If you were to venture out into the streets of any major city and survey fifty people about what they think God’s greatest desire for them is, I guarantee you the top response would be: “He wants me to be happy.”
Many spiritual Americans gauge God’s approval and blessing of their lives by their level of happiness. Because they believe their delight is God’s highest desire, they view anything that makes them happy as a gift from his hand. I know men who have left their wives for other lovers and believe God’s okay with their decision because they’re happy. I know men and women in gay relationships who think God approves of their romantic choices because they’re happy. I know ladies who habitually divorce and remarry and believe every new relationship is a gift from God because they’re happy (at least temporarily!).
When I look into my Bible, I can’t help but believe God wants us to be happy. Contrary to how some religions and even sects of Christianity portray him, the true God is a kind and loving Master who doesn’t want us living a doom-and-gloom kind of life. The Scriptures are filled to the rim with exhortations to be joyful, content, and at peace.
However, the piece of the puzzle that many people are missing is that God wants to be the main ingredient of our happiness. Actually, he demands it—he demands to be the ultimate treasure of our hearts. Does this mean he doesn’t want us to enjoy other things? Heck no. Relationships, food, sex, alcohol, and other God-given gifts we find in this scarred yet beautiful world are for our enjoyment. He didn’t put these things within our reach just to slap our hands every time we grab hold of them. He wants us to delight in them. But he wants our delight in these things to be subservient to our delight in him. He wants the way we enjoy the gifts of this world to be directed and guided by an ultimate joy in him.
The way we deal with relationships, food, sex, alcohol, and every other thing under the sun is very indicative of where our hearts are with God. I know this may sound harsh, and I don’t say it for that purpose, but if we are joyfully immersed in what the Bible defines as sin—adultery, drunkenness, fornication, homosexuality—and don’t feel convicted at all, our hearts are probably not right with the Lord. We may very well be happy, but this does not mean he is happy with us.
A deep and abiding gladness in sin is not a sign of God’s blessing, but actually a sign of his judgment. One of the scariest things God can do—and he does do it— is give us over to our broken desires and allow us to revel in iniquity without remorse (Romans 1:24,26,29). Happiness in sin is a horrifying reality indicating that God, in his wrath, is letting us march freely into the fiery furnace of eternal damnation. Being content in blatant and continued rebellion against God’s revealed will should terrify the living mess out of us.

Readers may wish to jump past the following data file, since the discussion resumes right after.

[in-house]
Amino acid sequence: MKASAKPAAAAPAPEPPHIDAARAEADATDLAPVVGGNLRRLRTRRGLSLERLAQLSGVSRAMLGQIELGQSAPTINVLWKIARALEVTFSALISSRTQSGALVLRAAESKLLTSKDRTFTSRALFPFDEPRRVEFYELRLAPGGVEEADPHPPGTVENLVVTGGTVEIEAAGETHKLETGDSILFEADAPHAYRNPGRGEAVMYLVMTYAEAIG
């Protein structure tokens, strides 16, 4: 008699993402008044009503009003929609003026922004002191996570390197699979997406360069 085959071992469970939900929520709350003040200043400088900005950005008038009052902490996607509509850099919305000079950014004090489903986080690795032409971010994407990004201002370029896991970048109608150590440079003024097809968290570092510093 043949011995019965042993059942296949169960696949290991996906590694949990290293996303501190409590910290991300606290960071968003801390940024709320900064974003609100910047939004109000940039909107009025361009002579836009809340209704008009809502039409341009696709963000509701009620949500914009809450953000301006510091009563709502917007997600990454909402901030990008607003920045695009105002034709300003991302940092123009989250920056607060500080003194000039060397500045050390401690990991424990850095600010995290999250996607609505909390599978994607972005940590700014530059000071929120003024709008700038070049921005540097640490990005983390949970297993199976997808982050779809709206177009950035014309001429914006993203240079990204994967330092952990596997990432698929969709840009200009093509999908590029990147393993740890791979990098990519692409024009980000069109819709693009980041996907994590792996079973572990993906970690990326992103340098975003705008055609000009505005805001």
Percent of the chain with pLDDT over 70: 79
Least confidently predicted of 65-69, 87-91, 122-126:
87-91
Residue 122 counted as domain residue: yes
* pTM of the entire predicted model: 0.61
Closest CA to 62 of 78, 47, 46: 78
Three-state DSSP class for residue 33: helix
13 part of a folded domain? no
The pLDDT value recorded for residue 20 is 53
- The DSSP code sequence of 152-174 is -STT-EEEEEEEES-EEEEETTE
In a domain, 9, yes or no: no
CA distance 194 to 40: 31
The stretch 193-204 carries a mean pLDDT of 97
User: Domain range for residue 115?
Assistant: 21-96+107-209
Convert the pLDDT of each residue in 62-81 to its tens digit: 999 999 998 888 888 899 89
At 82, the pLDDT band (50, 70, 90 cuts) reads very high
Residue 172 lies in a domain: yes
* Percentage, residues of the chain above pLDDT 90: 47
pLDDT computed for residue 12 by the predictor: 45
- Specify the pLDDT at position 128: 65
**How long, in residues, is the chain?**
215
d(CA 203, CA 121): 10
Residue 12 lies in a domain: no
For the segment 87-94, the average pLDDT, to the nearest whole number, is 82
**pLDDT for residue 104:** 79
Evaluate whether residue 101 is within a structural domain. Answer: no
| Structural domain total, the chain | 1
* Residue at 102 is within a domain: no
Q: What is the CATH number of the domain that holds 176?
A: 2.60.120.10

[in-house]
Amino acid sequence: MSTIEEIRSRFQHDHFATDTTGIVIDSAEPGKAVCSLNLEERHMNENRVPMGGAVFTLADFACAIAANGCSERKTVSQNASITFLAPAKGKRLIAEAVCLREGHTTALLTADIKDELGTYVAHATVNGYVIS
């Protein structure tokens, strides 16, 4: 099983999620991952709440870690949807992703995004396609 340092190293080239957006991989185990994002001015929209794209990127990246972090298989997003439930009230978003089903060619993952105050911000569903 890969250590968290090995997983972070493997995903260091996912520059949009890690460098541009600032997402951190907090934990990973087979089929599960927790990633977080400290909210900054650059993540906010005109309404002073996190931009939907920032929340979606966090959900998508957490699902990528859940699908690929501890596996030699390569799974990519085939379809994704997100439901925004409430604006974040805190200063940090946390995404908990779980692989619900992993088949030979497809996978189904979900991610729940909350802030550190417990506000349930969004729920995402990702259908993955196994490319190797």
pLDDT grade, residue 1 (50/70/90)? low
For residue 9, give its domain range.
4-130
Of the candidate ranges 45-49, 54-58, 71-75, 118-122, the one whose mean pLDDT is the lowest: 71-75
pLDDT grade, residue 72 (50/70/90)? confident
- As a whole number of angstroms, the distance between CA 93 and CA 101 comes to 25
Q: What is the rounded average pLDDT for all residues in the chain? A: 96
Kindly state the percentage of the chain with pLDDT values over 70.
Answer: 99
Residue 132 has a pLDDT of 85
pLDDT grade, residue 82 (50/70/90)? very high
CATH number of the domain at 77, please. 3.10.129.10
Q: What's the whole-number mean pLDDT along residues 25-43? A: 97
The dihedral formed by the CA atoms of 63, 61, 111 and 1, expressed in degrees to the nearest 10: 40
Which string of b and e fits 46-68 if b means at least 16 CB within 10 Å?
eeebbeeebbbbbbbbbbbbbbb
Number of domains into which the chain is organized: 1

If, while reading this blog today, you have realized that you’ve been living comfortably in the happiness of your sins and have falsely assumed your joy was a sign of God’s blessing, there is great forgiveness and hope available to you! You’re not too far-gone or in too deep. There is pardoning and transforming grace for you. The conviction you feel—even if it’s slight—is a gift from God meant to lead you out of idolatry and into this grace.
Biblical Christianity is not just some religion consisting of exterior traditions and sacraments; it is an experiential, progressive rewiring of our desires. When we look to Jesus, believe his words, and entrust ourselves to him, God forgives us of all our sins and the Holy Spirit enters into the mess of our hearts to begin setting things straight. Though we won’t experience total freedom from the presence of sin until Christ returns, those who place their faith in him will experience real and continual change in this life. Day by day, month by month, year by year, and decade by decade, our hearts will find more and more happiness in God. We will progressively turn from our sins and increase, even if super slowly, in self-control. We will grow to enjoy God’s gifts in the way he deems appropriate, rather than idolizing them.
If your heart is out of whack today—whether you’re a lost person or a struggling believer—bring it on over to Jesus. He has both the power and desire to make God your ultimate delight.